David Pereira: One of the ways for me was learning from practitioners. So someone who is doing something. And I found in Udemy, many people were sharing their experience and homemade courses. And I like that because it was honest. It was authentic. What was value for that? I had a need of developing my skills and Udemy helped me connect with someone who had done what I wanted to do.

David Pereira: And this person was sharing. I collect knowledge as a value. The instructor collect revenue share as a value for the instructor and Udemy collected a revenue share for them as a business. So that is related to the need.

David Pereira: And then we have the wish. And some people say wish? What is that? Sometimes we pay for something just because we want to have, we don’t really need that. When I got married, I love eating, but I realized that neither my wife nor I were good at cooking. We could survive, we wouldn’t starve. We could do some things. But we wanted to level up. But then we said, how do we do that? We had a wish of becoming better at cooking. Then we heard about HelloFresh and what HelloFresh did for us was simplifying the game.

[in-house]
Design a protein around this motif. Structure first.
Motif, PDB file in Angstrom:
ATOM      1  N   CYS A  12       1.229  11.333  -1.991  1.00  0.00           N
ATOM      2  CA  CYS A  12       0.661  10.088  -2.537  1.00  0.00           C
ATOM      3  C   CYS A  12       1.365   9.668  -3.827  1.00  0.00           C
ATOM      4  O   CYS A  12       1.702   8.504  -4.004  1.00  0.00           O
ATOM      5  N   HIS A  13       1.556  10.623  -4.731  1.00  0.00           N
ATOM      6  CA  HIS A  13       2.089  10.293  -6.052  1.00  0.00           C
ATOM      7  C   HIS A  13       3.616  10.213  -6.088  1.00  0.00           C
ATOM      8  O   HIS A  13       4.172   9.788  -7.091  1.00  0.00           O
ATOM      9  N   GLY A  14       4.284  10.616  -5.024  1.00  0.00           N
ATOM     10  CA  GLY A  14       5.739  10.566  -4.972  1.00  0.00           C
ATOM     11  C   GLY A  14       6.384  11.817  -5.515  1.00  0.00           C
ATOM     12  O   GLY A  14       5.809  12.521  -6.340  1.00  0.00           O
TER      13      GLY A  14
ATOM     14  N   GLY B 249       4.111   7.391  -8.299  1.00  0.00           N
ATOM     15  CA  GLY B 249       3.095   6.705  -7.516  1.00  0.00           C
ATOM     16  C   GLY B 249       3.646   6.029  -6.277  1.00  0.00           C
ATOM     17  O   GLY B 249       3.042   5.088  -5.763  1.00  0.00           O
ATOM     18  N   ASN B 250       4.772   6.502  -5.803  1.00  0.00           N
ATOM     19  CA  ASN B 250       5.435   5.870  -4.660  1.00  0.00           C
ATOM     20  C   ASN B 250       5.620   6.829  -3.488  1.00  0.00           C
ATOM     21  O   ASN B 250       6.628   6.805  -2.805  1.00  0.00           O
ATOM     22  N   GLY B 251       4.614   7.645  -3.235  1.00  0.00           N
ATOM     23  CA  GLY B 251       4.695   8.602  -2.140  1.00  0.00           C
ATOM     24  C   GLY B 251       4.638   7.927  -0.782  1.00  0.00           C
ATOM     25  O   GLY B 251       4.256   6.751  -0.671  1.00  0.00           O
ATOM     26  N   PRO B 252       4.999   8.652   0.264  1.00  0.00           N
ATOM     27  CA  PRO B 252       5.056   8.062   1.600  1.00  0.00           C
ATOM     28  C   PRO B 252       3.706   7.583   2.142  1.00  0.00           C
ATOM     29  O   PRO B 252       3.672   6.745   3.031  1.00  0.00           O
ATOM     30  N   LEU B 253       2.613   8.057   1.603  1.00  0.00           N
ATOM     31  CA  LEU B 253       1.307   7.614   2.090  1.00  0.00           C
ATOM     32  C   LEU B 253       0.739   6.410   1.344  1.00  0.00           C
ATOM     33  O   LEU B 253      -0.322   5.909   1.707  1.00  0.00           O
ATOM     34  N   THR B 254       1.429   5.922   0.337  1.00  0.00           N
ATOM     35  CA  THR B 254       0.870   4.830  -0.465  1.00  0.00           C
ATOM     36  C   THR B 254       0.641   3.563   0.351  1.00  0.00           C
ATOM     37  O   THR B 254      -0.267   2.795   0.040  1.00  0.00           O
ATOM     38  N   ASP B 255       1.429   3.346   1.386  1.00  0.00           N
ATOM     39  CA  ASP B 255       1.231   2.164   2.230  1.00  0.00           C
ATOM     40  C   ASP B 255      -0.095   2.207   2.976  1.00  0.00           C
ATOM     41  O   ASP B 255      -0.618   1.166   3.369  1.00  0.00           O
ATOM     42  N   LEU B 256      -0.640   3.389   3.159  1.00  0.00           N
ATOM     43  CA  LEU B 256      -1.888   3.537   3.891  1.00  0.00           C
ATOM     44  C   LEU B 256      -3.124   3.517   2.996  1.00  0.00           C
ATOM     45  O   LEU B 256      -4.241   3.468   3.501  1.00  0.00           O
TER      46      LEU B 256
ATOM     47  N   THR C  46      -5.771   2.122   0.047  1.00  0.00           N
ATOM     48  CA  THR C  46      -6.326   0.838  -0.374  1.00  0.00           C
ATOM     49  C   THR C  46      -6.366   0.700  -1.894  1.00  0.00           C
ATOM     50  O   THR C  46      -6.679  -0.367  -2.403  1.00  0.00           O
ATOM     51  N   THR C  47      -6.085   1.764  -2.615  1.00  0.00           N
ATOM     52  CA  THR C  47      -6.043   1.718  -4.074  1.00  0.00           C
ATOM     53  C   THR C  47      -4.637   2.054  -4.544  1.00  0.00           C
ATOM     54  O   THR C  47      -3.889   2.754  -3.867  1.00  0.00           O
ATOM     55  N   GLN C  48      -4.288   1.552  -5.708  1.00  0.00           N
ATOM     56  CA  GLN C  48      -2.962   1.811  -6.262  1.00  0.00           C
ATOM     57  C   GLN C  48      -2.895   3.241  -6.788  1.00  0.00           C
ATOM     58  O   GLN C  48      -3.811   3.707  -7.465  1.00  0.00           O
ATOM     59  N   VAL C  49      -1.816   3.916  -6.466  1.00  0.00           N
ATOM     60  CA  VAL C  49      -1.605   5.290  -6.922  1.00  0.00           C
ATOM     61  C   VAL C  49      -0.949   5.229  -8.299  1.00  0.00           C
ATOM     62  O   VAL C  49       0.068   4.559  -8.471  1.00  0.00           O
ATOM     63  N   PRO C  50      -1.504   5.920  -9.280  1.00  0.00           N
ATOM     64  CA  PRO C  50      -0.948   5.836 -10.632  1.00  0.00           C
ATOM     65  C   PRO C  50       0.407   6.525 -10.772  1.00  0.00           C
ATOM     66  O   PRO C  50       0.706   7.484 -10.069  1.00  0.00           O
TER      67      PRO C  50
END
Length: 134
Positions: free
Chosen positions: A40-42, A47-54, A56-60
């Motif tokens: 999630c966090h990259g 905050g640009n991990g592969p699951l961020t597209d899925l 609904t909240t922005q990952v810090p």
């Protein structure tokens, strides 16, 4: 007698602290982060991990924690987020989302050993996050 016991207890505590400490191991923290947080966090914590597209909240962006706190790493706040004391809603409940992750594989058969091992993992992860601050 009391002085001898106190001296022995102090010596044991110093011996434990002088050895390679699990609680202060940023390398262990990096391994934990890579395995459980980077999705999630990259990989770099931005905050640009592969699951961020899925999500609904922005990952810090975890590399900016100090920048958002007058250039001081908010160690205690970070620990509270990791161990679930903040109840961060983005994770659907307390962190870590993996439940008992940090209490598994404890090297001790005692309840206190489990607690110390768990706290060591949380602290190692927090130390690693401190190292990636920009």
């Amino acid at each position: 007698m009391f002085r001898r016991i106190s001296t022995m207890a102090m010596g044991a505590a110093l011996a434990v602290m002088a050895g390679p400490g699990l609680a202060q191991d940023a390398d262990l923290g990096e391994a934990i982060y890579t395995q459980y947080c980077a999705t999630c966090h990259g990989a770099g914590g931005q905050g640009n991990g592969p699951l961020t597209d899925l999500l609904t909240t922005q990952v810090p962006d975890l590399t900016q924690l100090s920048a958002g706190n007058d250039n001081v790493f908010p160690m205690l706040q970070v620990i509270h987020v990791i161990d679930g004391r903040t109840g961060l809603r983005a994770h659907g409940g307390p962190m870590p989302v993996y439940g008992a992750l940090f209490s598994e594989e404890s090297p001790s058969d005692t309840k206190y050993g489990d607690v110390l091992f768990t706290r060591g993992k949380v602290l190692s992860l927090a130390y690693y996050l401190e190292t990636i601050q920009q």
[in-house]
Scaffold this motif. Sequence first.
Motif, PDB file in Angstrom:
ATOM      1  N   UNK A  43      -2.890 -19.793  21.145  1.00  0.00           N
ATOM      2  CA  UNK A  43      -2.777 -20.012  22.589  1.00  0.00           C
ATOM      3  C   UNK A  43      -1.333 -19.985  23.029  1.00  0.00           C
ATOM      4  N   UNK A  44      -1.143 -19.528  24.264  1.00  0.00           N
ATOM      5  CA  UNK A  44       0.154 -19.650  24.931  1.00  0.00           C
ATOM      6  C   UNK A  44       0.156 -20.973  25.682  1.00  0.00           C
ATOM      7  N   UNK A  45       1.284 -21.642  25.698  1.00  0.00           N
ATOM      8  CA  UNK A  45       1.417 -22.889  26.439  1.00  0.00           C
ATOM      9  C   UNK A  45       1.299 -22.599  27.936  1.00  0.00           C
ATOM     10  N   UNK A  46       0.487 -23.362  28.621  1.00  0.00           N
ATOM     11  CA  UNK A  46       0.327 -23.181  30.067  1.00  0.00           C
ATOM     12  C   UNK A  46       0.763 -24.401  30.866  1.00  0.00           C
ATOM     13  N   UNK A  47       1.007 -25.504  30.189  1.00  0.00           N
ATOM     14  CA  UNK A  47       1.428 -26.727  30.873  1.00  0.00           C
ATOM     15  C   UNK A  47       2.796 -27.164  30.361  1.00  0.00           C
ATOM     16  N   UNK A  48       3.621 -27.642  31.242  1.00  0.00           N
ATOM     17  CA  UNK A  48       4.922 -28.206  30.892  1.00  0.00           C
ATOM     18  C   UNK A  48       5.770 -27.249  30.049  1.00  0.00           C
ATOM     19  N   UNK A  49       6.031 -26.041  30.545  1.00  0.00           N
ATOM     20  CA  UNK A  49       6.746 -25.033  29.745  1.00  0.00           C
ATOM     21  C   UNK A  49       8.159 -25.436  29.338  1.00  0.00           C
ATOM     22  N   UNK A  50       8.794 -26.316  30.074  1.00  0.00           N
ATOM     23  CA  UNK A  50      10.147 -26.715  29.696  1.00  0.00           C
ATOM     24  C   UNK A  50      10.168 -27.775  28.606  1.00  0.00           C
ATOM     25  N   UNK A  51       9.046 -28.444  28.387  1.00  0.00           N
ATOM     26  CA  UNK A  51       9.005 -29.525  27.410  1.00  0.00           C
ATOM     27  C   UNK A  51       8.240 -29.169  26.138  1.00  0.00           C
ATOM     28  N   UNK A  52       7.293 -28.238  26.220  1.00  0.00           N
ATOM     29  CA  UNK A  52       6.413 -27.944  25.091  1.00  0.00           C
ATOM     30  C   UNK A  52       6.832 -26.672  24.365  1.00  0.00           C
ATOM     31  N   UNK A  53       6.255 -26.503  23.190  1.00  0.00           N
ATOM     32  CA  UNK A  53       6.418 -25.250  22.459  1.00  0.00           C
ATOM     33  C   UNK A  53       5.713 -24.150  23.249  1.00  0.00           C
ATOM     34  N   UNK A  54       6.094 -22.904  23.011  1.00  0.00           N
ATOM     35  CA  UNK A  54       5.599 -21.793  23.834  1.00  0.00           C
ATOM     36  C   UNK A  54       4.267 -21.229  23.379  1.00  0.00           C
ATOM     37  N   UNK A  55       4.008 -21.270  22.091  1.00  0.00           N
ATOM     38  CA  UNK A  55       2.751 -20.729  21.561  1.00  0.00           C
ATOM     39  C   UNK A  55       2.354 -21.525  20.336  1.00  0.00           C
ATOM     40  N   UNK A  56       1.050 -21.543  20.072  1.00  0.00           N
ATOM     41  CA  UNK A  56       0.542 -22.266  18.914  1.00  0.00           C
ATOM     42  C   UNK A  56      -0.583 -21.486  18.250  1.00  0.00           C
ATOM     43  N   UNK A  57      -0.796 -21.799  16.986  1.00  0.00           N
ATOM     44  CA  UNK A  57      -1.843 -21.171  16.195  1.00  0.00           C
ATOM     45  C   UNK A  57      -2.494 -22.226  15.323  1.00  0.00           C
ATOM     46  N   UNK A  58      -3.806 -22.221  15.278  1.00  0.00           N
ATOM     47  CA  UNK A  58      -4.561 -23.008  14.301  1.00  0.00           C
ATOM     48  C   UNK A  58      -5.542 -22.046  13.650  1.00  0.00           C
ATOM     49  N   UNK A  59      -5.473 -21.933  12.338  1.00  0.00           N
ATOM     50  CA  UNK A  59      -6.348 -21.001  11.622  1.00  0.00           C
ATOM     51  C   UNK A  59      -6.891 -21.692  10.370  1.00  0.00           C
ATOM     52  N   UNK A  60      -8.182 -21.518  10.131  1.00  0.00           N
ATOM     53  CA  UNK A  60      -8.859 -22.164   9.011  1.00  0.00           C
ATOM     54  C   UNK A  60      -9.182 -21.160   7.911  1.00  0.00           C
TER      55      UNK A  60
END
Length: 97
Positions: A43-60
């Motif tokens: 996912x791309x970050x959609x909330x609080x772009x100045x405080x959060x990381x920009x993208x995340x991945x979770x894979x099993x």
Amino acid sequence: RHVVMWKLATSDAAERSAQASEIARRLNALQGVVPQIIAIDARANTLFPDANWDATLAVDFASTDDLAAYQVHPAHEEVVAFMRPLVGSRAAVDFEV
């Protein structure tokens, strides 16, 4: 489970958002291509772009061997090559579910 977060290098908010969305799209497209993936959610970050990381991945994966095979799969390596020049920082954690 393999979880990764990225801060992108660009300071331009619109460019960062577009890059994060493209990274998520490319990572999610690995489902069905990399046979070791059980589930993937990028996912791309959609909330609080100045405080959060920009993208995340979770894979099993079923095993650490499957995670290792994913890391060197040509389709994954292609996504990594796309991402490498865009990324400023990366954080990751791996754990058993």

David Pereira: So they would send us three dishes a week with all the ingredients and the recipe, and then we would cook. We covered our wish. We level up our cooking skill, had tasty homemade meal, and HelloFresh got a monthly subscription for me. So value is about the transaction, but it doesn’t need to be monetary all the time.

David Pereira: For example, when you use a social media, you may not pay anything for that, you think at the first glance. What is value for the social media in this case? It’s your time, your attention, because they can use your attention as a value exchange for advertisers. So they say, we have this amount of active customers per hour and you can advertise for them.

David Pereira: So that’s how it collects. And once we understand this equation, what value means for our customers, each product has a different definition for that or a different way of delivering value. Then we can figure out what we need to do to deliver on that.

Bill Raymond: We talked about wishes and we talked about adding customer value. Sometimes it’s very clear. The customer demands a certain thing. And sometimes you need to think ahead. What is the future of our product or service going to look like?